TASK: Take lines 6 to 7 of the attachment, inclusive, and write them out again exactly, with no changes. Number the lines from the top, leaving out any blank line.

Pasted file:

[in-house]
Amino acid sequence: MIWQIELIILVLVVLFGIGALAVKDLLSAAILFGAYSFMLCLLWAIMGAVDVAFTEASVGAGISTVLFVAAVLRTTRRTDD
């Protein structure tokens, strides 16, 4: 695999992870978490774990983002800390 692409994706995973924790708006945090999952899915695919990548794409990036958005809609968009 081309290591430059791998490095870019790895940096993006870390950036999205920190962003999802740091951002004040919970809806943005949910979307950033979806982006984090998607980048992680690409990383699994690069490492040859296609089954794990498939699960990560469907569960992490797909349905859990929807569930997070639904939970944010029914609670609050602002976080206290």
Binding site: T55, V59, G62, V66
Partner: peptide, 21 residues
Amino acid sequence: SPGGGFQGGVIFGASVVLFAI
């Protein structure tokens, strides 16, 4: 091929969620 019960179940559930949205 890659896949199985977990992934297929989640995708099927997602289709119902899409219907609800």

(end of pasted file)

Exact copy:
Amino acid sequence: SPGGGFQGGVIFGASVVLFAI
């Protein structure tokens, strides 16, 4: 091929969620 019960179940559930949205 890659896949199985977990992934297929989640995708099927997602289709119902899409219907609800």